White Hat Hackers: The Good, the Bad, or the Ugly?
The word "hacker" conjures the image of someone with ill intent toward individuals, websites, and company information systems. The prevailing theory is they look for ways to mine company data and destroy or change customer information. Those types of "bad guys" certainly exist — the cybersecurity industry calls them Black Hats, but in reality, they aren't the only hackers lurking in cyberspace.
The Good Guys
Enter the White Hat hacker, the good guy who uses his (or her) capabilities to damage your organization — but only hypothetically. Instead, the real purpose is to uncover security failings in your system in order to help you safeguard your business from the dangerous hackers.
Companies hire White Hats to stress test their information systems. They run deep scans of networks for malware, attempt to hack information systems using methods Black Hats would use, and even try to fool staff into clicking on links that lead to malware infestations.
White Hats are one of the reasons large organizations typically have less downtime and experience fewer issues with their websites. Most hackers know it will be harder to get into systems managed by large companies than those operated by small businesses that probably don't have the resources to examine every possible security leak.
For that reason, it's very important for any online business to make sure it takes strong preventative measures by installing quality anti-malware security, spyware removal tools, and firewall software defense. Customers need to feel secure that online service providers are protecting their data — or they will take their business elsewhere.
Somewhere between white and black lies the ugly — the Gray Hats. Some Gray Hat hackers like to believe they're doing something good for companies by hacking their websites and invading their networks without permission, but company owners rarely appreciate unauthorized forays into their business information infrastructure.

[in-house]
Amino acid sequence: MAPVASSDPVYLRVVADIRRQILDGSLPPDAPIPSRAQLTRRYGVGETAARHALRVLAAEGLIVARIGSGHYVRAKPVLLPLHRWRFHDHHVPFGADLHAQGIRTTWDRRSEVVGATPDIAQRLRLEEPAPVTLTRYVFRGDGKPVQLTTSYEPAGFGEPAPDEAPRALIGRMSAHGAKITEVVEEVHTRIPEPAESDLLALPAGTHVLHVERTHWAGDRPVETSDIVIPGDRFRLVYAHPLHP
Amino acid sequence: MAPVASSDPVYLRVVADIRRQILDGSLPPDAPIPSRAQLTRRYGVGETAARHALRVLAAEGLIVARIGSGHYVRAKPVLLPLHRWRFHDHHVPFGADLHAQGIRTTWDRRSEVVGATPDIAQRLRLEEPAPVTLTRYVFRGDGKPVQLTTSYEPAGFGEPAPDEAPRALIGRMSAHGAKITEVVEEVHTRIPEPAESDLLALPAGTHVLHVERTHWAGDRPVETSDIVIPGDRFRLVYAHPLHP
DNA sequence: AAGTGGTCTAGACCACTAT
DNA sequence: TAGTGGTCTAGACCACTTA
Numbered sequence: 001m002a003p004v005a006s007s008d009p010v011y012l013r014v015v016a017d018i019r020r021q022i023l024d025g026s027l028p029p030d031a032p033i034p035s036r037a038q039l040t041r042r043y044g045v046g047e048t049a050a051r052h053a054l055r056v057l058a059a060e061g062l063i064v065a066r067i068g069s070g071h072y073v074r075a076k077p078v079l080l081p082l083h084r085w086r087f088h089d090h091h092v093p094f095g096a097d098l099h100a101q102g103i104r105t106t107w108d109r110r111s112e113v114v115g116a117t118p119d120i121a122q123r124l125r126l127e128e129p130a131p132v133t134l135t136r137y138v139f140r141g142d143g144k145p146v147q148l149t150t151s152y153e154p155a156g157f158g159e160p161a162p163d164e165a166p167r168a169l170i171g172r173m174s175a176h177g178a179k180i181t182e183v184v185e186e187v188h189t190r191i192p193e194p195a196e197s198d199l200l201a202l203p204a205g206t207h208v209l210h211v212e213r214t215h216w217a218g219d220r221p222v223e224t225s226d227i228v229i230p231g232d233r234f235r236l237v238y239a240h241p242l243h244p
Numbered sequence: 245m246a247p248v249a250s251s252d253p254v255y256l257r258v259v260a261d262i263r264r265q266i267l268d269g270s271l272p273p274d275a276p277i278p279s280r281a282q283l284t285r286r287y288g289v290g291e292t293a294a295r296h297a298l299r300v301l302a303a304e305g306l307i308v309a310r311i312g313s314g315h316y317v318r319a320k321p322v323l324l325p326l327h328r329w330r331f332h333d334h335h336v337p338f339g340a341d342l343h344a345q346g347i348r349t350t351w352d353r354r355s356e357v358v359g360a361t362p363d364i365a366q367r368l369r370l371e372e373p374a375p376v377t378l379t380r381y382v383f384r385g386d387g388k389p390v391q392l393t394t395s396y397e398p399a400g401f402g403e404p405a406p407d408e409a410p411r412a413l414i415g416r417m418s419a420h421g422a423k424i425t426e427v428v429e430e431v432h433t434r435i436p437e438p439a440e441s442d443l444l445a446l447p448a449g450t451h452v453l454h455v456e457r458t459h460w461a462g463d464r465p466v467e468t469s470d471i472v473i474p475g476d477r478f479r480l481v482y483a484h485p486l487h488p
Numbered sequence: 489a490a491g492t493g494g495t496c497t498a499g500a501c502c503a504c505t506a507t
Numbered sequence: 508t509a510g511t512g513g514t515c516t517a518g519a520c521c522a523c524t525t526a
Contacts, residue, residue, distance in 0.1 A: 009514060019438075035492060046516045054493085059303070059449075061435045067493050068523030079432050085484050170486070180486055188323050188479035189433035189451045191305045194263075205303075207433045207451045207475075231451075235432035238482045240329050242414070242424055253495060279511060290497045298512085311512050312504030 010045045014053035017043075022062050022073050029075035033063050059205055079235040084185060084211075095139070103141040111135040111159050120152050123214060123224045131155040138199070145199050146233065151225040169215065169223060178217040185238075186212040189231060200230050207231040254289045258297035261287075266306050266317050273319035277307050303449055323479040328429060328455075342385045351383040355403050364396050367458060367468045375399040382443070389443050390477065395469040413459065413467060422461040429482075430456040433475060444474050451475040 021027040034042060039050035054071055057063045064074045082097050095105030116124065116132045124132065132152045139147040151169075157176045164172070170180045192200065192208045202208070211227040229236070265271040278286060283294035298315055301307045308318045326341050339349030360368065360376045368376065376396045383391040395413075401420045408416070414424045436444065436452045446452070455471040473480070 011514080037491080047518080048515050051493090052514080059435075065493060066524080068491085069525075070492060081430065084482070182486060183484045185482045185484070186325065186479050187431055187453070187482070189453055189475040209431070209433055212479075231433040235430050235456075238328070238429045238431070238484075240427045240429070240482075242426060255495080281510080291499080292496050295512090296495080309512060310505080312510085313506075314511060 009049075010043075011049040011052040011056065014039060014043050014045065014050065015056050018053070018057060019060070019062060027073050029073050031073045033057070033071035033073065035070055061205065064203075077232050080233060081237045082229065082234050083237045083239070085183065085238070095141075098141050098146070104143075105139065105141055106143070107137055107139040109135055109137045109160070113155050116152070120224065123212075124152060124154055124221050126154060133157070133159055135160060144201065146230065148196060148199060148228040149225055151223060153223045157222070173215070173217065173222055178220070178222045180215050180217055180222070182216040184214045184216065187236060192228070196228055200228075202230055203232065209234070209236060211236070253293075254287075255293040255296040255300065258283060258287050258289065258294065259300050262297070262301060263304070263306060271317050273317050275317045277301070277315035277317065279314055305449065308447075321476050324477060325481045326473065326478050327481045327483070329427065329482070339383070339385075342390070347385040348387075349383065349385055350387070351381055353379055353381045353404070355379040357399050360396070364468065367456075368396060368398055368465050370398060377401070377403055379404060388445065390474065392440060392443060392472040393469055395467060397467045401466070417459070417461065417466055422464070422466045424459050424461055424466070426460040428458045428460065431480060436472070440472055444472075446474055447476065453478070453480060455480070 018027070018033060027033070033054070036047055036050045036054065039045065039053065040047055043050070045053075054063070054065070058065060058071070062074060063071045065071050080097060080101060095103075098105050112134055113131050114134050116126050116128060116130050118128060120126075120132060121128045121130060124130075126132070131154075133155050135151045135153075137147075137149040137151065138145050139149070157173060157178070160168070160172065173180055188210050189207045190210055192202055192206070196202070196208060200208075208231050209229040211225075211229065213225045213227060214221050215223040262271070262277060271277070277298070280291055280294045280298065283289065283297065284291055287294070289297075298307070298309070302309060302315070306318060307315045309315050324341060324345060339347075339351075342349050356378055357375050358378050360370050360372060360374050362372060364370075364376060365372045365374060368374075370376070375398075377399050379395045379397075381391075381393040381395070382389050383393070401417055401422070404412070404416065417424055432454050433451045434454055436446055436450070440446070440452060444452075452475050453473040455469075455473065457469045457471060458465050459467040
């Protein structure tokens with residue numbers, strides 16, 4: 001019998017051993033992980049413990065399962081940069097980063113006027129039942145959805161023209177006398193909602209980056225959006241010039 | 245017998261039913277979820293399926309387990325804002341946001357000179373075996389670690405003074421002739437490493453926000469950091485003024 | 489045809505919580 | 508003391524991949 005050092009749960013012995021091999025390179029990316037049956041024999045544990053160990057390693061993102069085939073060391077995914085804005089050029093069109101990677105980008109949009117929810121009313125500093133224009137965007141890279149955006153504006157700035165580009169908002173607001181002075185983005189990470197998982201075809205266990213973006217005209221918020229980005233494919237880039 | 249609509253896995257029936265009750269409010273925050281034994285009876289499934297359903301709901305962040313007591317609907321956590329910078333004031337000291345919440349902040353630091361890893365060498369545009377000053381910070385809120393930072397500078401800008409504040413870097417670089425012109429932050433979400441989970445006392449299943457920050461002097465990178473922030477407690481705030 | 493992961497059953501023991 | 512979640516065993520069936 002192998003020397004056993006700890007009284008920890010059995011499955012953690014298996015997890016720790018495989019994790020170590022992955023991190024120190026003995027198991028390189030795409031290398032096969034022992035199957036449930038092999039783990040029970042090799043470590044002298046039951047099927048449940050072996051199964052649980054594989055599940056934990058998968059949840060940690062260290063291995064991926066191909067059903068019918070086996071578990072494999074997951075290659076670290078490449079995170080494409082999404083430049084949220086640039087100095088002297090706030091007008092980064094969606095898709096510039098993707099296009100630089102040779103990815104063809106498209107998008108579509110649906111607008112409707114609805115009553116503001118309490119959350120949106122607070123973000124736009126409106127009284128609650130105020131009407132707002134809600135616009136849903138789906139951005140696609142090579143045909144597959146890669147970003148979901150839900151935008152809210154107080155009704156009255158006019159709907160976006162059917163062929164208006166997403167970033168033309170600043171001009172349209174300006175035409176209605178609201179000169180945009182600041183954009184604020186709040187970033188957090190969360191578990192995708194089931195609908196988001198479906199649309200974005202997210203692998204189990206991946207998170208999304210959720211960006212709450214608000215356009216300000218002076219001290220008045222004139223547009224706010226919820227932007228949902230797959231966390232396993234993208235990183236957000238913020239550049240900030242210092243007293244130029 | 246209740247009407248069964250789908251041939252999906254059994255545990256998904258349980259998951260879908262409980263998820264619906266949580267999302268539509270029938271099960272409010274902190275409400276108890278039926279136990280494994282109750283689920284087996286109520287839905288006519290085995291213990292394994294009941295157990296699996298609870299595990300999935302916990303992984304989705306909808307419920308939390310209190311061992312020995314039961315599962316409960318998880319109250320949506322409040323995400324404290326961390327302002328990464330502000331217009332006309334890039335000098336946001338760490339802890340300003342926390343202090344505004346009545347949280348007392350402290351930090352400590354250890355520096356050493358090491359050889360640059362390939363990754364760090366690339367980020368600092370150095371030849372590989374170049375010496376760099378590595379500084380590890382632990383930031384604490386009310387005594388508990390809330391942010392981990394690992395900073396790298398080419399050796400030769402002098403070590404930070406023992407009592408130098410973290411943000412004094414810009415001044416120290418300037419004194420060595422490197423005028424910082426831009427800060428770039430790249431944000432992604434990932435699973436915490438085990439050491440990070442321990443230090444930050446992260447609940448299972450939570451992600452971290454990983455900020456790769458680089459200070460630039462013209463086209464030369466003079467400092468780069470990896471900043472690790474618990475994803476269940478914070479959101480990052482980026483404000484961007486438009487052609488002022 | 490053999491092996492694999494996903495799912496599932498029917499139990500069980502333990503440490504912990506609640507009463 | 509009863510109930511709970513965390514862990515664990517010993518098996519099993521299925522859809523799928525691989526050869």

In most cases, a Gray Hat's real intention is to show off his skills and gain publicity — maybe even appreciation — for what he considers a contribution to cybersecurity.
Gray Hats often say they mean no harm with their incursions. Sometimes, they're simply curious about hacking a high-profile system — without regard to privacy and numerous other laws.
Gray Hats assert that the internet isn't safe for business, and they consider it their mission to make it safer for individuals and organizations. They do this by hacking websites and networks and causing chaos to show the world they're right.
In most instances, Gray Hats provide valuable information to companies. Nonetheless, the community of White Hats — and much of the cyber world — doesn't view their methods as ethical.
The More Things Change
It was just a few decades ago in the U.S. that neighbors left the doors to their homes unlocked. Now, doors are rarely unlocked, and most homes have security alarms to protect the property. Owners have come to presume that someone is lurking in the shadows, waiting for them to be careless.
Businesses with websites and information systems are waking up to the same reality as homeowners. They know someone is probably patrolling their internet neighborhood, waiting for the right time to break in and steal customer information.
Additionally, Black Hat hackers may want to plant malware that spies on staff and customer activity.
Although White Hat hackers operate as guns-for-hire, constantly testing a business' information infrastructure to ensure it remains free of threats, it's still essential for companies to employ all the right preventative measures. It starts with installing and maintaining anti-virus software, spyware elimination tools, and strong firewall defenses.
It's not just business operations that are at stake. Clients' information — and their trust in a company's integrity — hang in the balance.
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